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Getting North Korea’s Rocket to the Launch Pad

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Figure 1. The Missile Assembly Building at Tongch’ang-dong (Image from Google Earth, March 25, 2009).

I have been looking at options for how North Korea could get its rocket to the launch pad and ready for launch at the Tongch’ang-dong site. My conclusion is that the stages of the rocket will likely be transported separately and assembled on the pad, as North Korea apparently did in preparation for its April 2009 launch at the Musudan launch site. However, Pyongyang may be planning for a different process in the future.

Tim Brown at globalsecurity.org has identified a building 1,000 meters north of the launch pad at Tongch’ang-dong as the “missile assembly building.” This building is shown in Figure 1 in a 2009 image from Google Earth. The main part of the building is about 55 meters long, and would therefore be large enough to assemble the full Unha launcher, which is approximately 30 meters long.

Press reports on Monday quoted the South Korean Defense Ministry as saying that North Korea has moved the main body of the rocket into a building at the launch site, presumably referring to the building in Figure 1.

Therefore, one option of getting the rocket to the launch pad would be to assemble the launcher in this building and carry it by a transporter-erector to the launch area, where it would be placed upright on the pad, moved to the tower, and fueled. This option seems like an interesting possibility in light of recent reports that the US has seen trucks/trailers that are thought to be able to carry large, unfueled missile bodies. However, turns in the roads shown in this photo are too sharp to allow a 30-meter trailer to leave the building and head south on the main road.

Interestingly, recent photos show that a new road without sharp turns has been built coming out of the south end of the building heading toward the launch pad (Figure 2, red circle), which could suggest North Korea is preparing for this option. (This new road can be seen clearly in another new photo of the building.) The photo also clearly shows railroad lines coming in from the north and tire tracks in the snow that appear to be from a truck pulling up next to it to unload objects from the train (blue rectangle). One analyst has called this area the “rail-to-road transfer point.”


Figure 2. This photo from March 7, 2012 shows a new road from the Missile Assembly Building (red circle) and tire tracks next to a rail line (blue rectangle) at Tongch’ang-dong (Image: 2012 DigitalGlobe, Inc.)

Even if a large trailer could leave the facility in Figure 2, images of the launch pad (Figure 3) show that the turns into the pad are too sharp for a 30-meter trailer to negotiate easily. While this photo is from 2009, no additional roads linked to the pad appear in more recent imagery so it does not appear that North Korea has prepared to do this. This suggests that Pyongyang will bring sections of the launcher to the pad on smaller trucks and assemble it there.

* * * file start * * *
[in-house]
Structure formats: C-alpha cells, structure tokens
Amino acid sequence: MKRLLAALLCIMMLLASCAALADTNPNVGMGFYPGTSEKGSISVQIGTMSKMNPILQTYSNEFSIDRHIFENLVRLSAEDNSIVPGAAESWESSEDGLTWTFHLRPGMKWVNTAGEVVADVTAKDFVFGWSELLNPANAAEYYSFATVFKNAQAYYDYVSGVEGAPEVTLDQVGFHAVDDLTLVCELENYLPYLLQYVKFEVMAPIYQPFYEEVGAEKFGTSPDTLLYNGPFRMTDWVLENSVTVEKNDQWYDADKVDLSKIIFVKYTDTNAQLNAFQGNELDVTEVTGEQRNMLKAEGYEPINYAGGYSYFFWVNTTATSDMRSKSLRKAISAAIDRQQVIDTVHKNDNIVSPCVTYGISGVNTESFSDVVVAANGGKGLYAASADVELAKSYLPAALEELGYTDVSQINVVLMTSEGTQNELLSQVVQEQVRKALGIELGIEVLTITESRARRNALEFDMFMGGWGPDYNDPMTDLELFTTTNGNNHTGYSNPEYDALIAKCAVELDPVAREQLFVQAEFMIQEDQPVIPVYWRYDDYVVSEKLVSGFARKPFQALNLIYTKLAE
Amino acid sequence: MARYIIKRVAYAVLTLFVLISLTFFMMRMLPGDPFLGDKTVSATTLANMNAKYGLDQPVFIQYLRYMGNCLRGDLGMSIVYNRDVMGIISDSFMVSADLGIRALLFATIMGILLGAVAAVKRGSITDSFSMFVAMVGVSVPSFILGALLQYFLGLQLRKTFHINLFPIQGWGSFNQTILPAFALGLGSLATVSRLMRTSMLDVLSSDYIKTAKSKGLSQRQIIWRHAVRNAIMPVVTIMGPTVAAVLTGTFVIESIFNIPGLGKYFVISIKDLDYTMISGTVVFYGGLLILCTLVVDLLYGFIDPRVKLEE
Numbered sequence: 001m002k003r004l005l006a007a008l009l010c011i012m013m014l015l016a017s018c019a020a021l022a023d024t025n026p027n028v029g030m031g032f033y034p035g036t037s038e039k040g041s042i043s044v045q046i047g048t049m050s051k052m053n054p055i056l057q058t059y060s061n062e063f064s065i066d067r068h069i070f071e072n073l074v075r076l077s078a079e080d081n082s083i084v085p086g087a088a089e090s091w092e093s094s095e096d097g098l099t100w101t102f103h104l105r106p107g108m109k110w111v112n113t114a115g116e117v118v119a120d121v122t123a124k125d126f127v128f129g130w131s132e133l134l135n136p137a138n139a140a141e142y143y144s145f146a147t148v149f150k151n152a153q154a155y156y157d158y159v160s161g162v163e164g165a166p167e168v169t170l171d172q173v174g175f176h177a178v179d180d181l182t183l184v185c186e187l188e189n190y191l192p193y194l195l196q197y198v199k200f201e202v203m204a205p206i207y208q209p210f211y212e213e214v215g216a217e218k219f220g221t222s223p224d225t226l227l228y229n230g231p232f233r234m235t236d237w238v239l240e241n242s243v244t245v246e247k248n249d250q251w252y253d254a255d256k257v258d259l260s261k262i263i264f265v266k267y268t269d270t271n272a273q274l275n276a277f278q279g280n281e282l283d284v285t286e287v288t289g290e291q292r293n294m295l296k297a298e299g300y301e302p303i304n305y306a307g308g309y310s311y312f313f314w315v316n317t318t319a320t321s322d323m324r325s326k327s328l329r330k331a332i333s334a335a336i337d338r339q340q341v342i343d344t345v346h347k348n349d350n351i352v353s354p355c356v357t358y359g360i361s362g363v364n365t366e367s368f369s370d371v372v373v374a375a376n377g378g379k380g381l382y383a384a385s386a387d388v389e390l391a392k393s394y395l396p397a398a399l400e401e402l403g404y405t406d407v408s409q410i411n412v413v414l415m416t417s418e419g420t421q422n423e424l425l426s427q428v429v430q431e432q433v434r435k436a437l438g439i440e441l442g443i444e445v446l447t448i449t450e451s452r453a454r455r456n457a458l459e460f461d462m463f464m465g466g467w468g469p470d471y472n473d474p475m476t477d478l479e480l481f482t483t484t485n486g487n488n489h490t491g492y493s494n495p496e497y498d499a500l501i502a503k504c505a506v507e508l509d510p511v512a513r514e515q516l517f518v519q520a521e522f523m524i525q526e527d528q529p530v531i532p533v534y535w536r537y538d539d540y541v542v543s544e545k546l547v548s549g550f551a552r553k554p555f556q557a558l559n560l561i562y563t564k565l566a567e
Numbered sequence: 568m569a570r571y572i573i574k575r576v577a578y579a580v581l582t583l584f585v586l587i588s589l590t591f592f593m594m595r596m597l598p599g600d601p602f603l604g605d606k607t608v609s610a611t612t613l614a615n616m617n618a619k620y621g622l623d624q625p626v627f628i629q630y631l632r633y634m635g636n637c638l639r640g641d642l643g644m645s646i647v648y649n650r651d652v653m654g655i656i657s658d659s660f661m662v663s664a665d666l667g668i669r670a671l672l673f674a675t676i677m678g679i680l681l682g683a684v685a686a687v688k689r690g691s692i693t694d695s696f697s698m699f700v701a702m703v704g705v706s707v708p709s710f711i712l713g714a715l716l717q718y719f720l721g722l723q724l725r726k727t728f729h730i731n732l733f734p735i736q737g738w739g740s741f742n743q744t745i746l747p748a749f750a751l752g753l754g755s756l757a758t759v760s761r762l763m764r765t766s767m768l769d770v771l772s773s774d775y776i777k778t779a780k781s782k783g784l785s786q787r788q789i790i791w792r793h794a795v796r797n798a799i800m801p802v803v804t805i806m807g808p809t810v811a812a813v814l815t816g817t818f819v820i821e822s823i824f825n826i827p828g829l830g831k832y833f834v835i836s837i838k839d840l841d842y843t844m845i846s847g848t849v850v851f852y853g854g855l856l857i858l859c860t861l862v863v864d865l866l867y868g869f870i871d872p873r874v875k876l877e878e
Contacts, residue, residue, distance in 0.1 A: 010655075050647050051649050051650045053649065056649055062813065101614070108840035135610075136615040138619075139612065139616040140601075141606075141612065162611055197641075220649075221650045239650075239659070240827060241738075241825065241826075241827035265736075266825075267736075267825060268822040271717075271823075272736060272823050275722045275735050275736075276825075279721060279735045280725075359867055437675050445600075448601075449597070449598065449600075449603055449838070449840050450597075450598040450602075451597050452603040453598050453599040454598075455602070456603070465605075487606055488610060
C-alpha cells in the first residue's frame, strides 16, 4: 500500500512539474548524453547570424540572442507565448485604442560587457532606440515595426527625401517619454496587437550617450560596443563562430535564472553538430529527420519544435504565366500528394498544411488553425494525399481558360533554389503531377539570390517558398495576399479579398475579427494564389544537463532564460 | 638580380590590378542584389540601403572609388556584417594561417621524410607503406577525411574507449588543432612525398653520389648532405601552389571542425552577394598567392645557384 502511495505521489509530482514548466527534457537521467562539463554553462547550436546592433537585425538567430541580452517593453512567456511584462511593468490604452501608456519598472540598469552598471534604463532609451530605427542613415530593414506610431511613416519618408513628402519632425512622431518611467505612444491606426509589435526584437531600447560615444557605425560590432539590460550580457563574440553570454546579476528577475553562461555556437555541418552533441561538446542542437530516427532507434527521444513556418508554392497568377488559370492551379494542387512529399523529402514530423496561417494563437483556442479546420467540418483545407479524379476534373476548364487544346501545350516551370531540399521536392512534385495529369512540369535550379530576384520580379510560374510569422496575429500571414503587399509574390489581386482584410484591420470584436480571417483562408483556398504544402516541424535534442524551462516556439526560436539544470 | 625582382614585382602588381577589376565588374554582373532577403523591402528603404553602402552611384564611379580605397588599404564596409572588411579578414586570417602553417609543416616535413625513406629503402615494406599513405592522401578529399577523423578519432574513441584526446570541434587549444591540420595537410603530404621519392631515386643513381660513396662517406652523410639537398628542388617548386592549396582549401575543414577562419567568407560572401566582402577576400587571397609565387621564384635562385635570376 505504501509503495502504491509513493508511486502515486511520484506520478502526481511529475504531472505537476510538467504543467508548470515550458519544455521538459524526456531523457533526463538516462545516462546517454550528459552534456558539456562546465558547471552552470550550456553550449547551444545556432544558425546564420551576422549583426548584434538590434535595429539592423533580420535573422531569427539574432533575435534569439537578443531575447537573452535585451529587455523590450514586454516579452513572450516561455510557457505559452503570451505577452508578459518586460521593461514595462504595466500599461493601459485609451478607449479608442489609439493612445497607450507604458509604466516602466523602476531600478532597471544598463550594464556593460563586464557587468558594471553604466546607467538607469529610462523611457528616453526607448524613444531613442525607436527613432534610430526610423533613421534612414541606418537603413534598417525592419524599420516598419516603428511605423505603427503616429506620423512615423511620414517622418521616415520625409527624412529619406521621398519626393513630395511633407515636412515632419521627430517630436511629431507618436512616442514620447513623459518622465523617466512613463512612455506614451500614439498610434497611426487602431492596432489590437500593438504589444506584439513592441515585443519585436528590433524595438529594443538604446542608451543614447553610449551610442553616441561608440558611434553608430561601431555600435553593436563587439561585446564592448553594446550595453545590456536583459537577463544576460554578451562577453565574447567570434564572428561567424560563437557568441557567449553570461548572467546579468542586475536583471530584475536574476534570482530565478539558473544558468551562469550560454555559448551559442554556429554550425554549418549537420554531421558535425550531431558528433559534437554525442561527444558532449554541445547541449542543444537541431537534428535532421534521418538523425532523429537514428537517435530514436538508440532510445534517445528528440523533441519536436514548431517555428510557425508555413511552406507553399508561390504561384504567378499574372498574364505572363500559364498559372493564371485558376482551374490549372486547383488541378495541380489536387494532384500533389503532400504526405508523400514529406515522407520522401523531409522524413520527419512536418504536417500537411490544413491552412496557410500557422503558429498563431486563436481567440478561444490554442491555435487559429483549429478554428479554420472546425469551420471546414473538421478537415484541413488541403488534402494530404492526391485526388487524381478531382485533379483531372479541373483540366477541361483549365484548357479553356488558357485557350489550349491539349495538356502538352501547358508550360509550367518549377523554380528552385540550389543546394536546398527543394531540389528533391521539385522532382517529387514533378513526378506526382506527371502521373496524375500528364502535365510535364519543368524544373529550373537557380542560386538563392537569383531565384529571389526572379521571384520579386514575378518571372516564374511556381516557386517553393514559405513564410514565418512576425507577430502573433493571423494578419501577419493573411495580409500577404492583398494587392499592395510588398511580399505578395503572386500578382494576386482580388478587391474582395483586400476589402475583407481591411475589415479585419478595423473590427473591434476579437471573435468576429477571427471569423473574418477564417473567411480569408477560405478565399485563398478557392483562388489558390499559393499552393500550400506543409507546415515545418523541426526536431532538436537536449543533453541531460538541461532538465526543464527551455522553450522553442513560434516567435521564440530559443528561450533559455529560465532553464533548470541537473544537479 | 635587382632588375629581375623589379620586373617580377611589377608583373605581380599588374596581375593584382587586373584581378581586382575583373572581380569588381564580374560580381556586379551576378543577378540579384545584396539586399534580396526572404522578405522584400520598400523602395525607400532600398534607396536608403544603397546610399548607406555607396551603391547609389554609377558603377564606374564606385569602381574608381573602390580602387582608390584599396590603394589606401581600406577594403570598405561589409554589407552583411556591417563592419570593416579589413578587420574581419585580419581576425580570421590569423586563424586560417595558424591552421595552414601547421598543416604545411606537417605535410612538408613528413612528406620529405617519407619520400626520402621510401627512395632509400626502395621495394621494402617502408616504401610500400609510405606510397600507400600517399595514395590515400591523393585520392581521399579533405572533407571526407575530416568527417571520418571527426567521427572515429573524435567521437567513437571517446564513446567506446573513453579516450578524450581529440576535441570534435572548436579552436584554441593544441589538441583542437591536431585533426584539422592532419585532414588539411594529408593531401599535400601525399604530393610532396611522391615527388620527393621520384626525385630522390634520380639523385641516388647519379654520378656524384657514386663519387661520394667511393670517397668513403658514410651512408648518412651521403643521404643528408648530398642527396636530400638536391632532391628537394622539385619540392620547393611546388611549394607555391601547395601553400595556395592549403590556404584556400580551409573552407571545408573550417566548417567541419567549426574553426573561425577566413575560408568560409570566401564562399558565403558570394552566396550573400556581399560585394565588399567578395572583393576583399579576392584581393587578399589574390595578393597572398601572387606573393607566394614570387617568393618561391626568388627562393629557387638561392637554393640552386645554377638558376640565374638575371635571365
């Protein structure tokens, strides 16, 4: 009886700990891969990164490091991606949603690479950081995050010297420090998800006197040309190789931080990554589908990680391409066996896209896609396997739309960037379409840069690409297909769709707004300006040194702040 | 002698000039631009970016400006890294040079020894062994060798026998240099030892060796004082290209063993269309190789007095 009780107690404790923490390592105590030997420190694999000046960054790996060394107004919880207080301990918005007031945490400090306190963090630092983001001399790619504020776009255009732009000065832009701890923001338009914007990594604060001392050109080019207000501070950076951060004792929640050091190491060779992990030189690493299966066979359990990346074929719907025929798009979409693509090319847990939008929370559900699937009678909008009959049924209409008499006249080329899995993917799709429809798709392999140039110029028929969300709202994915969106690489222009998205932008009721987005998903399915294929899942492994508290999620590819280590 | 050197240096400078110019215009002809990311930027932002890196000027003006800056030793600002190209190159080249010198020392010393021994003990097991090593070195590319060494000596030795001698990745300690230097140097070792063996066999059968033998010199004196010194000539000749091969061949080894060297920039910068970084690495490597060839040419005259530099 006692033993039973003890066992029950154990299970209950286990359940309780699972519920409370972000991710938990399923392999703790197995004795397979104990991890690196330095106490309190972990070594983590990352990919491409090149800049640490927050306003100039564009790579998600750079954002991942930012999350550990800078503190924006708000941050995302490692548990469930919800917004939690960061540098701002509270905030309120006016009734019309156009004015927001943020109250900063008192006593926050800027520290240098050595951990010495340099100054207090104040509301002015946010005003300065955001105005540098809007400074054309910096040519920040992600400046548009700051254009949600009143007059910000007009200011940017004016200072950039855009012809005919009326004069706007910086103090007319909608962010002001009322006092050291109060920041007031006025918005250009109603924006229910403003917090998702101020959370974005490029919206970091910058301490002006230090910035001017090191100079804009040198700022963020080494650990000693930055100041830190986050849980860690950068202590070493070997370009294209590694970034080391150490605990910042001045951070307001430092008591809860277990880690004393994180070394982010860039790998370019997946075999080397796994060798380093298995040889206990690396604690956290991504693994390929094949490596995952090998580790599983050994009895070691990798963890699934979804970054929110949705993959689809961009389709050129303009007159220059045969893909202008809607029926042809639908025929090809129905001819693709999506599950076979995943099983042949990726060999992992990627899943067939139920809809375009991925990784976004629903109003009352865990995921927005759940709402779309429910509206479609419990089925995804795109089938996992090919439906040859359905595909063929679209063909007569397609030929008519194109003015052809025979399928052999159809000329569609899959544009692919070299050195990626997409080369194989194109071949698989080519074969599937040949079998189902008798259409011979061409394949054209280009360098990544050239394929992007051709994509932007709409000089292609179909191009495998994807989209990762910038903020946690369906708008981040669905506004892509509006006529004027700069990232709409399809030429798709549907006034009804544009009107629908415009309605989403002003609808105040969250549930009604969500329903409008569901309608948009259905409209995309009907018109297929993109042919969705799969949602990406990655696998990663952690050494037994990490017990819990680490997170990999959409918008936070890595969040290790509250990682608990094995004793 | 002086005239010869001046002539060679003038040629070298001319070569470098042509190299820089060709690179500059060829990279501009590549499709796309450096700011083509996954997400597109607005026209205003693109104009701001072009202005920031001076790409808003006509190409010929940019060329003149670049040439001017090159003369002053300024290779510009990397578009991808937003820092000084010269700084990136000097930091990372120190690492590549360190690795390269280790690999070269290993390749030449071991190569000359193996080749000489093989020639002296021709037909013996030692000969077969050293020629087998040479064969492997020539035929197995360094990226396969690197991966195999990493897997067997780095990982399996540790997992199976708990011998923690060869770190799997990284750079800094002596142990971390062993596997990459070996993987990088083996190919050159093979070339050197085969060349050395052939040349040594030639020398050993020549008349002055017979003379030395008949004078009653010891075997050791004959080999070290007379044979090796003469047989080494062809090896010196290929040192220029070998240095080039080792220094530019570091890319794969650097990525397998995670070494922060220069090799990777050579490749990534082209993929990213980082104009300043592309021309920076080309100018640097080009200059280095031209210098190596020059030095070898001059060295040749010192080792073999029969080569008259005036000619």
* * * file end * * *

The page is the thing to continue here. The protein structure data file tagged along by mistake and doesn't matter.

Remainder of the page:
Figure 3: This picture shows the movable launch pad (in green circle) on parallel tracks that run across the launch area. The tower is the dark rectangle to left of the green circle; it is casting a long shadow to the northwest. The red line shows the size of a 30-meter trailer. (Image from Google Earth, March 25, 2009.)

Another possibility for assembling a launcher in the future is suggested by the design of the launch area. The large rectangular area in Figure 3 is about 190 meters long and 55 meters wide, with the launch tower visible at the upper left-hand end. Stretching between the tower and the other end of the pad is a set of rails with a movable launch pad (Figure 3, green circle) on them.

A mobile pad is a common design for a launch site, but usually comes with a tall building at the end of the rails opposite the tower. The missile is assembled in the building on the launch pad in a vertical position and is then rolled to the tower. Figure 4 shows assembly buildings and launchers on mobile pads in China and India.

The layout of the launch area suggests that North Korea may plan to build such an assembly building in the future, although on a somewhat smaller scale.


Figure 4. Chinese (left) and Indian (right) launchers being moved from the assembly building to the launch tower.

         This post also appears at 38north.org.

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About the author: Dr. Wright received his PhD in physics from Cornell University in 1983, and worked for five years as a research physicist. He was an SSRC-MacArthur Foundation Fellow in International Peace and Security in the Center for Science and International Affairs in the Kennedy School of Government at Harvard, and a Senior Analyst at the Federation of American Scientists. He is a Fellow of the American Physics Society (APS) and a recipient of APS Joseph A. Burton Forum Award in 2001. He has been at UCS since 1992. Areas of expertise: Space weapons and security, ballistic missile proliferation, ballistic missile defense, U.S. nuclear weapons and nuclear weapons policy

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